S K Hand Tool Corp. v. Lowman, A96A0756

CourtUnited States Court of Appeals (Georgia)
Citation223 Ga.App. 712,479 S.E.2d 103
Docket NumberNo. A96A0756,A96A0756
Parties, Prod.Liab.Rep. (CCH) P 14,814, 96 FCDR 4241 S K HAND TOOL CORPORATION v. LOWMAN.
Decision Date03 December 1996

Page 103

479 S.E.2d 103
223 Ga.App. 712, Prod.Liab.Rep. (CCH) P 14,814,
96 FCDR 4241

No. A96A0756.
Court of Appeals of Georgia.
Dec. 3, 1996.
Certiorari Denied March 7, 1997.

Page 104

[223 Ga.App. 721] Swift, Currie, McGhee & Hiers, Stephen L. Cotter, Robin F. Clark, Atlanta, for appellant.

The Groover Firm, David C. Cole, James L. Ford, Atlanta, for appellee.

Brown & Shamp, Robert H. Brown III, Atlanta, Craig T. Jones, David W. Boone, Atlanta, amici curiae.

[223 Ga.App. 712] SMITH, Judge.

Pursuant to our grant of an interlocutory appeal to S K Hand Tool Corporation, we consider whether a professional malpractice affidavit under OCGA § 9-11-9.1 is required for a claim of strict liability under OCGA § 51-1-11.

Viewing the evidence on S K's motion to dismiss or for summary judgment in favor of Lowman under Lau's Corp. v. Haskins, 261 Ga. 491, 405 S.E.2d 474 (1991), the evidence was that Lowman worked for a landscaper as a mechanic in charge of servicing equipment. While attempting to reattach a sharpened lawnmower blade to a mower, he was using a ratchet designed and manufactured by S K. As he was pressing on the ratchet to tighten a nut, it slipped, causing him to cut his hand on the blade.

In his complaint, Lowman alleged that "[t]he ratchet was defective within the meaning of OCGA § 51-1-11. It was not reasonably suited for the purpose for which it was manufactured.... The ratchet was defective in that it did not remain secure when pressure was applied to tighten the nut. Either the teeth or gears slipped, or broke off when pressure was applied to the handle of the ratchet." He also alleged that S K "expressly or impliedly warranted the ratchet as being fit for the ordinary and particular purpose for which it was to be used"; that the ratchet "was not merchantable for the purpose for which it was sold"; and that S K "failed to exercise even ordinary care and diligence in what they knew, or should have known, to be a defective product."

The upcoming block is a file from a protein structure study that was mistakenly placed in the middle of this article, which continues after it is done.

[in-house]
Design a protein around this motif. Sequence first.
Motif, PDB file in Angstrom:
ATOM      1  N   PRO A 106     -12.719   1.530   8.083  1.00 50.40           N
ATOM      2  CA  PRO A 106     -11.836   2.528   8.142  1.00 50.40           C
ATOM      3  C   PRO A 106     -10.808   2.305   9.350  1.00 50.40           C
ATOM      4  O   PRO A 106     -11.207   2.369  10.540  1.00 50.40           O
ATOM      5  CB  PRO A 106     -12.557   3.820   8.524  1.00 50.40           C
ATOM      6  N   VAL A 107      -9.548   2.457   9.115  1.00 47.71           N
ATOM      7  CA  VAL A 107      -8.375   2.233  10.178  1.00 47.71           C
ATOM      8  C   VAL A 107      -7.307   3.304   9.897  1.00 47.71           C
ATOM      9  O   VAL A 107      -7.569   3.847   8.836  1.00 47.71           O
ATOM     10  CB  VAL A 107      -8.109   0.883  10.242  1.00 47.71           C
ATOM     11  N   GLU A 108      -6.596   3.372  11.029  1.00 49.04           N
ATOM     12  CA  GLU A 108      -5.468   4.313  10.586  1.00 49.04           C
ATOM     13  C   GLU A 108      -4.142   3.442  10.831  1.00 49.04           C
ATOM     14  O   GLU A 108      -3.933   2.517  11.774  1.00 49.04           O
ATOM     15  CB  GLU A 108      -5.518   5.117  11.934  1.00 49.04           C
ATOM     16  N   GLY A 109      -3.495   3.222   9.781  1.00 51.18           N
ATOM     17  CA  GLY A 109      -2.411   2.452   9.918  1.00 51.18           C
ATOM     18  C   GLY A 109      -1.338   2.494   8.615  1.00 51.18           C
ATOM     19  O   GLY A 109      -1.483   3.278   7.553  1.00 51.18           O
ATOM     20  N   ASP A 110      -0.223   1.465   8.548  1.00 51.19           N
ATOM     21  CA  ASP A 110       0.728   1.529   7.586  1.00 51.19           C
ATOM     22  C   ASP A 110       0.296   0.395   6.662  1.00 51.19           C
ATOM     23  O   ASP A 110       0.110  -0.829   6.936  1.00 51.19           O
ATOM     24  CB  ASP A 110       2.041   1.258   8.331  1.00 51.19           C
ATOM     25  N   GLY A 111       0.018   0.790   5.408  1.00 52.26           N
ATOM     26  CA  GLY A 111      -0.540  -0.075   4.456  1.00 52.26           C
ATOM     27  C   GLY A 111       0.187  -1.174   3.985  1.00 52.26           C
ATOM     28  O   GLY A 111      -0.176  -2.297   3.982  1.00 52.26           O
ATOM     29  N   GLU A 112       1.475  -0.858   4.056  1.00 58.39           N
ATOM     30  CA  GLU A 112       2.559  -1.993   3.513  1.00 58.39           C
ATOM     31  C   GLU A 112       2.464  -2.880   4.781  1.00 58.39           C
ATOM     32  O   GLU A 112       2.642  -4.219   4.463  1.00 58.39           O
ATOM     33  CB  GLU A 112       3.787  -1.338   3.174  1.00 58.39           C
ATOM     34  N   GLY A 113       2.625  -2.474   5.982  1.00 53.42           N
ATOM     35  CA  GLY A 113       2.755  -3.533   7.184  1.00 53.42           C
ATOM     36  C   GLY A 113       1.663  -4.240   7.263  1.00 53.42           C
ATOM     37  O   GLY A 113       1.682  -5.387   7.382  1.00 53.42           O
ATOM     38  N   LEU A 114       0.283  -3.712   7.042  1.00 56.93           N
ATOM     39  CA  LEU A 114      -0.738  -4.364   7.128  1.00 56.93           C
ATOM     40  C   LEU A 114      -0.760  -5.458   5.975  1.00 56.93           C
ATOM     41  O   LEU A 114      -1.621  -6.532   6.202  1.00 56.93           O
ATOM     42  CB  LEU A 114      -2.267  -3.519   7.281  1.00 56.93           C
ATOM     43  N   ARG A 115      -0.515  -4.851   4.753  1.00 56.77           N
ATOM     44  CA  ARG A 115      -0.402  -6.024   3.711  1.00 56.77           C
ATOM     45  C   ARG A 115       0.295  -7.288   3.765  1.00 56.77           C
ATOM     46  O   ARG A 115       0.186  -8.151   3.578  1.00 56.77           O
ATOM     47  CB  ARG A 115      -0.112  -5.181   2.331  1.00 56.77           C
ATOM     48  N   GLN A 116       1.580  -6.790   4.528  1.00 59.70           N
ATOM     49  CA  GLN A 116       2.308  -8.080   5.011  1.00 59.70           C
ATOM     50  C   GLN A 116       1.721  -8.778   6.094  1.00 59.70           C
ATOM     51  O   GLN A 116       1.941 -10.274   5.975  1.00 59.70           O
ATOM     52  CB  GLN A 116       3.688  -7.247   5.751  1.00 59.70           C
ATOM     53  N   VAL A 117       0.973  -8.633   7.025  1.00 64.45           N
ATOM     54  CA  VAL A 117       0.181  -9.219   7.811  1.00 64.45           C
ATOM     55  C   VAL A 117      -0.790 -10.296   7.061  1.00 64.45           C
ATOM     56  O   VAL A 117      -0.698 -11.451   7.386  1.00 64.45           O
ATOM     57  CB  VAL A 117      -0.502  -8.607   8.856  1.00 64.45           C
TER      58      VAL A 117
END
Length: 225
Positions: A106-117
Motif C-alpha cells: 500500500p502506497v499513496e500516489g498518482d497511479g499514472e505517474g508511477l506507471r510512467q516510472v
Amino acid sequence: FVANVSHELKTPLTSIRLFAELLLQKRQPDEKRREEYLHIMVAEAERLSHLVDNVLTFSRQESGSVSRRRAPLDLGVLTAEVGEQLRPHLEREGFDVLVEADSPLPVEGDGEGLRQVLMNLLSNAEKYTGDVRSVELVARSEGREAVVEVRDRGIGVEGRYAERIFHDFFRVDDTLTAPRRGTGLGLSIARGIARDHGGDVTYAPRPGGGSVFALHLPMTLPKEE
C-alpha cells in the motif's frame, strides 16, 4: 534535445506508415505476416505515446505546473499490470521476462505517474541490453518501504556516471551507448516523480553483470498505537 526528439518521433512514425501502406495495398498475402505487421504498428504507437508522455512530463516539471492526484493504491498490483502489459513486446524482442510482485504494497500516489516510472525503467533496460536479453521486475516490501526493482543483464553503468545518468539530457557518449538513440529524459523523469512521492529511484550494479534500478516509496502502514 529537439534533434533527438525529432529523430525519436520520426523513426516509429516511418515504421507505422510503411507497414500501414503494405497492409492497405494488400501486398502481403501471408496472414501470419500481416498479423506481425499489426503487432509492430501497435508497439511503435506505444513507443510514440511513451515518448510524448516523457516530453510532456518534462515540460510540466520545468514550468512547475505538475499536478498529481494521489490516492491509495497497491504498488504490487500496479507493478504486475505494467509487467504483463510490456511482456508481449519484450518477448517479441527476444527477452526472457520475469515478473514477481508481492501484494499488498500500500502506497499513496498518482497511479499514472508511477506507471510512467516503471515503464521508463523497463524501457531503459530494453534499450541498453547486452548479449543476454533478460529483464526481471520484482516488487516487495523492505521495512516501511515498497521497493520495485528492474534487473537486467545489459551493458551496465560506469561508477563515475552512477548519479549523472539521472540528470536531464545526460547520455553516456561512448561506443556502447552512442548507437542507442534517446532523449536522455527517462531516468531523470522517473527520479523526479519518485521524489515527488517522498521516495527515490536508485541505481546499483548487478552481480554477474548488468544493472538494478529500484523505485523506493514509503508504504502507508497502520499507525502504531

S K answered the complaint and subsequently filed a motion to dismiss or for summary judgment based on failure to file an expert affidavit under OCGA § 9-11-9.1(e). The trial court reviewed the depositions, including

Page 105

that of James Hills, a professional engineer retained by Lowman, and denied summary judgment. The trial court concluded that "because it is unclear to Mr. Hills, an engineer stipulated as an expert by [S K], whether improper engineering or improper installation of the shift pin or improper manufacturing caused the ratchet to malfunction, it cannot be said as a matter of law that this is a case of negligent design which would require the filing of an affidavit in accordance with OCGA § 9-11-9.1." We affirm.

S K maintains that the primary issue in this case is the design of the ratchet, relying in large part on Lowman's discovery request for a copy of the ratchet's design and interrogatories concerning the ratchet's design. Also in this regard, S K references the deposition testimony of Lowman's expert engineer that the ratchet malfunctioned due to improper design of an internal pin. S K specifically notes the engineer's testimony that, "[a]ll I got to say is S K Hand [223 Ga.App. 713] Tool engineered it wrong." Based on the authority of Kneip v. Southern Engineering Co., 260 Ga. 409, 395 S.E.2d 809 (1990), Jackson v. Dept. of Transp., 201 Ga.App. 863, 412 S.E.2d 847 (1991), and Adams v. Coweta County, 208 Ga.App. 334, 430 S.E.2d 599 (1993), S K argues that because the affidavit requirement applies to a complaint alleging damages as a result of engineering services, and because engineering services were involved in the design and manufacture of the ratchet, Lowman was required to file an expert affidavit in support of his strict liability claim.

In Kneip, our Supreme Court held that the expert affidavit requirement of OCGA § 9-11-9.1(a) applies to the engineering profession. There, plaintiff sued defendant, who was under contract to perform engineering services that included inspection of utility poles, alleging that defendant negligently inspected a pole, causing it to deteriorate and fall. Id. at 410(3), 395 S.E.2d 809. Based on these allegations and discovery revealing that plaintiff intended to call expert witnesses to testify at trial, the Supreme Court held that plaintiff was required to attach to its complaint an expert affidavit pursuant to OCGA § 9-11-9.1(a). Citing Kneip, this court in Jackson and Adams, supra, concluded that designing roads, bridges, and guardrails requires engineering services and that such services are professional ones " 'within the purview of OCGA § 9-11-9.1.' " Adams at 335-336, 430 S.E.2d 599; Jackson at 865, 412 S.E.2d 847.